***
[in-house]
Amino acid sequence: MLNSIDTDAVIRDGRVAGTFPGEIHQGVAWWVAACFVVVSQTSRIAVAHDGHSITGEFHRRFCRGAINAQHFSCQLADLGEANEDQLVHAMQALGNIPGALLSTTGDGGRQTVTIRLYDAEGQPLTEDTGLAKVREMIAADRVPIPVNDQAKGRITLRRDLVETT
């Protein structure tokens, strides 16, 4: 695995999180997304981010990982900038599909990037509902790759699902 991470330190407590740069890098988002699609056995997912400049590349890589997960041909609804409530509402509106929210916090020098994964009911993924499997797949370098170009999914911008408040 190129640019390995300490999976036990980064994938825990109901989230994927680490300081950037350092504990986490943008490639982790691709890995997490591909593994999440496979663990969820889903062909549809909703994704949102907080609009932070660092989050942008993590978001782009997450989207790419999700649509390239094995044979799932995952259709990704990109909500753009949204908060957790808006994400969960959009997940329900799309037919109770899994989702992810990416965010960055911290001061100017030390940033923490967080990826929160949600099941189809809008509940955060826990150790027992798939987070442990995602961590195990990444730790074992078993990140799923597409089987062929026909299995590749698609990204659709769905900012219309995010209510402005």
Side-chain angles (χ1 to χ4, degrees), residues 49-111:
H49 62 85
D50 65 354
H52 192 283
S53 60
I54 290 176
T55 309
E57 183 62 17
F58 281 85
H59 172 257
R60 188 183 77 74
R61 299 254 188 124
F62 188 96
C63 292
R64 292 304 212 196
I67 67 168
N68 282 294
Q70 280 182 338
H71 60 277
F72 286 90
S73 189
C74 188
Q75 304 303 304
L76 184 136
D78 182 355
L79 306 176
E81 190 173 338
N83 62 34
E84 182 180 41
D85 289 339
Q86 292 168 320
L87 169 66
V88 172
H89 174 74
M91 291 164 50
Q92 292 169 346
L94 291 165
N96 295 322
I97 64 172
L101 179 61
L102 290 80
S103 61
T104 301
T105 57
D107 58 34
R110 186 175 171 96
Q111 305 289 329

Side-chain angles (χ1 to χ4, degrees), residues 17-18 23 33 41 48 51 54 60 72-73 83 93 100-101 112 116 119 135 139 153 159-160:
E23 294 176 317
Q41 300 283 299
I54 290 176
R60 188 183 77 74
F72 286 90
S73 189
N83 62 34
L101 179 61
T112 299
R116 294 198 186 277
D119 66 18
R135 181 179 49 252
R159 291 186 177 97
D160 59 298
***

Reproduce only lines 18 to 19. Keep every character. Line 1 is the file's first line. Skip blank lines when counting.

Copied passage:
R64 292 304 212 196
I67 67 168